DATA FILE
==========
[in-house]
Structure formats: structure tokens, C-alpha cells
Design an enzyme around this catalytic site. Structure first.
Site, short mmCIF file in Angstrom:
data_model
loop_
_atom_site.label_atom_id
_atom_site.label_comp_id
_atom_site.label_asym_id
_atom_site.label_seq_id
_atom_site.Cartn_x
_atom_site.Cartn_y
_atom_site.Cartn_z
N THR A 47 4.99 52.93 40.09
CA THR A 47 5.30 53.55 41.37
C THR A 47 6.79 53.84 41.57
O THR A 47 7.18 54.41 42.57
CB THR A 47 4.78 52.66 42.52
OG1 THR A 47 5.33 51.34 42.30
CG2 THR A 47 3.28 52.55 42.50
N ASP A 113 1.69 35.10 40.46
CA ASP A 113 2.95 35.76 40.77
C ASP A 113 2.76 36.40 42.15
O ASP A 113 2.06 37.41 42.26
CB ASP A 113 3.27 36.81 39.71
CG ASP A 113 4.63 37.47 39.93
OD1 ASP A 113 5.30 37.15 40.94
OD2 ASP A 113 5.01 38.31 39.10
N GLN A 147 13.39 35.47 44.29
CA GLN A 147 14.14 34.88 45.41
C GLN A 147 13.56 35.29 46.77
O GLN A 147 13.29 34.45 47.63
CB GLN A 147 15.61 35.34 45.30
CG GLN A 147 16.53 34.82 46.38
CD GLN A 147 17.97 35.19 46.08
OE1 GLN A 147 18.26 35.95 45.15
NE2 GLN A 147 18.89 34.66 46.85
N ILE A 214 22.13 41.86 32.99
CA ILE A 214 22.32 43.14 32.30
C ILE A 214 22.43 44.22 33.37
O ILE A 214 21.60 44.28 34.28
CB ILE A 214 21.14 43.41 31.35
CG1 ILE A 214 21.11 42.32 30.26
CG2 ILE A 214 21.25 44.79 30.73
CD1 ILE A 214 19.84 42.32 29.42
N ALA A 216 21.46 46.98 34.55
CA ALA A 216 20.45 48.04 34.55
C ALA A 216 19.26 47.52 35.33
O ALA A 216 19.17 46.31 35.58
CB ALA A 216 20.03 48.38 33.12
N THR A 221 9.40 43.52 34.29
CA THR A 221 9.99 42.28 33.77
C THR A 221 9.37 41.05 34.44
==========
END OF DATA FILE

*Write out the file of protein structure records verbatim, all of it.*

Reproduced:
[in-house]
Structure formats: structure tokens, C-alpha cells
Design an enzyme around this catalytic site. Structure first.
Site, short mmCIF file in Angstrom:
data_model
loop_
_atom_site.label_atom_id
_atom_site.label_comp_id
_atom_site.label_asym_id
_atom_site.label_seq_id
_atom_site.Cartn_x
_atom_site.Cartn_y
_atom_site.Cartn_z
N THR A 47 4.99 52.93 40.09
CA THR A 47 5.30 53.55 41.37
C THR A 47 6.79 53.84 41.57
O THR A 47 7.18 54.41 42.57
CB THR A 47 4.78 52.66 42.52
OG1 THR A 47 5.33 51.34 42.30
CG2 THR A 47 3.28 52.55 42.50
N ASP A 113 1.69 35.10 40.46
CA ASP A 113 2.95 35.76 40.77
C ASP A 113 2.76 36.40 42.15
O ASP A 113 2.06 37.41 42.26
CB ASP A 113 3.27 36.81 39.71
CG ASP A 113 4.63 37.47 39.93
OD1 ASP A 113 5.30 37.15 40.94
OD2 ASP A 113 5.01 38.31 39.10
N GLN A 147 13.39 35.47 44.29
CA GLN A 147 14.14 34.88 45.41
C GLN A 147 13.56 35.29 46.77
O GLN A 147 13.29 34.45 47.63
CB GLN A 147 15.61 35.34 45.30
CG GLN A 147 16.53 34.82 46.38
CD GLN A 147 17.97 35.19 46.08
OE1 GLN A 147 18.26 35.95 45.15
NE2 GLN A 147 18.89 34.66 46.85
N ILE A 214 22.13 41.86 32.99
CA ILE A 214 22.32 43.14 32.30
C ILE A 214 22.43 44.22 33.37
O ILE A 214 21.60 44.28 34.28
CB ILE A 214 21.14 43.41 31.35
CG1 ILE A 214 21.11 42.32 30.26
CG2 ILE A 214 21.25 44.79 30.73
CD1 ILE A 214 19.84 42.32 29.42
N ALA A 216 21.46 46.98 34.55
CA ALA A 216 20.45 48.04 34.55
C ALA A 216 19.26 47.52 35.33
O ALA A 216 19.17 46.31 35.58
CB ALA A 216 20.03 48.38 33.12
N THR A 221 9.40 43.52 34.29
CA THR A 221 9.99 42.28 33.77
C THR A 221 9.37 41.05 34.44